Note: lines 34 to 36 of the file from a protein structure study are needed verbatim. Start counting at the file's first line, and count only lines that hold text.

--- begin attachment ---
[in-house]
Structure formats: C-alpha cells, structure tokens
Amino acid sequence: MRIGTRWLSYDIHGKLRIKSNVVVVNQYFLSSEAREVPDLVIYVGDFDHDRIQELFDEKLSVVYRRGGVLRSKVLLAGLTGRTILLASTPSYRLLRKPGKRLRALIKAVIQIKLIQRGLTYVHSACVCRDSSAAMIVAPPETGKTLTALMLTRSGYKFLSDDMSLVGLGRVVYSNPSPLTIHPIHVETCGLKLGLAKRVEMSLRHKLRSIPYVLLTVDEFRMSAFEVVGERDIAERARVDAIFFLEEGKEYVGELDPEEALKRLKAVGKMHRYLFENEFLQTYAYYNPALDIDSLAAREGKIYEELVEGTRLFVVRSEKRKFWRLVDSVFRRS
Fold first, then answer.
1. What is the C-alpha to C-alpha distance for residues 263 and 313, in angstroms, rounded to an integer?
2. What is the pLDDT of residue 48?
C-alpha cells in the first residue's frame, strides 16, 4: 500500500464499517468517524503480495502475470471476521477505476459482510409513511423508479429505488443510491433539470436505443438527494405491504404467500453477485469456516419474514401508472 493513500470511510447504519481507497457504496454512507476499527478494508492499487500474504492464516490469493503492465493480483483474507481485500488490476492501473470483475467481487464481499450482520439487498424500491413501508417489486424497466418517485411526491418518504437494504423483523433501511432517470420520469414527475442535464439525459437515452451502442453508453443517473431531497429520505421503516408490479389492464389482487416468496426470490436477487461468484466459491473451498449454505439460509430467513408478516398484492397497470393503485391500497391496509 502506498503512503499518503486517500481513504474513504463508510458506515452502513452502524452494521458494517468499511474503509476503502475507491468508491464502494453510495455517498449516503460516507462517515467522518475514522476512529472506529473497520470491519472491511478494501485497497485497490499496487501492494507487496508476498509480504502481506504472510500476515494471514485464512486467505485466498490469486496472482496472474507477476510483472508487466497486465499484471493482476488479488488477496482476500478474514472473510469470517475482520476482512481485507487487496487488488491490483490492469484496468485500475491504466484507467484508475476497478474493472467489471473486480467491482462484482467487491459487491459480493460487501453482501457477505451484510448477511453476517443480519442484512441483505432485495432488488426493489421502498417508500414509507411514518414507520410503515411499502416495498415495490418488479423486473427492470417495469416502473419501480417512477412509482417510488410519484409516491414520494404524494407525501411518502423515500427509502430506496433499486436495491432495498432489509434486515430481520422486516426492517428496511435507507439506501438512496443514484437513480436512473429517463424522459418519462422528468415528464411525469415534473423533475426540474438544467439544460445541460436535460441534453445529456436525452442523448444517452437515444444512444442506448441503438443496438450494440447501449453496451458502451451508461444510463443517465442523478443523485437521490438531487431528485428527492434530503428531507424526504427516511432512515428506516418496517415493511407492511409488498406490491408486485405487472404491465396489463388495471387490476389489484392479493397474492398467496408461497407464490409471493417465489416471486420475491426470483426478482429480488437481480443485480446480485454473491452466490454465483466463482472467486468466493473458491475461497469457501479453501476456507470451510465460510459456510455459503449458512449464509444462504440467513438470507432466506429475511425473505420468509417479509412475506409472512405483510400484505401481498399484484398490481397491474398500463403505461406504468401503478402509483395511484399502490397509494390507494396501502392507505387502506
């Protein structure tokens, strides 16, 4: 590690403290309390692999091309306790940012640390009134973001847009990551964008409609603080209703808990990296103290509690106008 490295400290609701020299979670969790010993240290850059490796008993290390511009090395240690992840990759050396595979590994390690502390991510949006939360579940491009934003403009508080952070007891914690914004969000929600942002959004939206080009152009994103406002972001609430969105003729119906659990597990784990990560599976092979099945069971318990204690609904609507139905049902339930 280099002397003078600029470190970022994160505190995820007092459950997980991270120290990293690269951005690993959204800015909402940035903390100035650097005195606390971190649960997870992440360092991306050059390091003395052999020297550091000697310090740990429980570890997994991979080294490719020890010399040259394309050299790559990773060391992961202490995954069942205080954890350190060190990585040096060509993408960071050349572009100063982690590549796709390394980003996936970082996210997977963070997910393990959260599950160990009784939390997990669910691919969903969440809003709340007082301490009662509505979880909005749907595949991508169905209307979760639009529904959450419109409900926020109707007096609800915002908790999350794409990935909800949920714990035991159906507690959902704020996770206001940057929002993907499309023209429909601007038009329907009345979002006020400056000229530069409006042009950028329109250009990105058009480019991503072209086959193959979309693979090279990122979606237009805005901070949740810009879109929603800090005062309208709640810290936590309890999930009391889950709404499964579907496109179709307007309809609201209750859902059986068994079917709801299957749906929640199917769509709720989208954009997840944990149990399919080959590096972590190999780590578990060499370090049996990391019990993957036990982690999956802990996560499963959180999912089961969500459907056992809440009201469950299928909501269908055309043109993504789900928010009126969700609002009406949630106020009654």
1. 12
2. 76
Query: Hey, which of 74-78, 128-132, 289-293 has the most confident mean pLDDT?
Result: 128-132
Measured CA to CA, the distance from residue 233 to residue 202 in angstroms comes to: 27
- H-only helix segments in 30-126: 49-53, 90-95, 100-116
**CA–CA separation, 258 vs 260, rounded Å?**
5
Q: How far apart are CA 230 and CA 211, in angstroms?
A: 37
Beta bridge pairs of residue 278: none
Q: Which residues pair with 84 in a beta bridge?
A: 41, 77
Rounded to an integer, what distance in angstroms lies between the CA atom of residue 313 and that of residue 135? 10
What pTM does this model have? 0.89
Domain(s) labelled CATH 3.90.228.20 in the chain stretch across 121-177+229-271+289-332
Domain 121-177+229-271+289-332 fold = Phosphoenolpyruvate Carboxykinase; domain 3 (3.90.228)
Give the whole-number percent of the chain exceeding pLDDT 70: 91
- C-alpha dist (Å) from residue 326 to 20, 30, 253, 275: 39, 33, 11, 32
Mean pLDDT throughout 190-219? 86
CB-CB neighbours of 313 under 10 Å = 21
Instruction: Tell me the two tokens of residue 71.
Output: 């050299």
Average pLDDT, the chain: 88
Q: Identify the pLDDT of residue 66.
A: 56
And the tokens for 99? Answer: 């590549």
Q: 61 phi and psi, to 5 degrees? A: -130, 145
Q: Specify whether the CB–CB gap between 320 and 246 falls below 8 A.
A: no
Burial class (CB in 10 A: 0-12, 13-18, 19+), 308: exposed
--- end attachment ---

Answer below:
A: 56
And the tokens for 99? Answer: 């590549």
Q: 61 phi and psi, to 5 degrees? A: -130, 145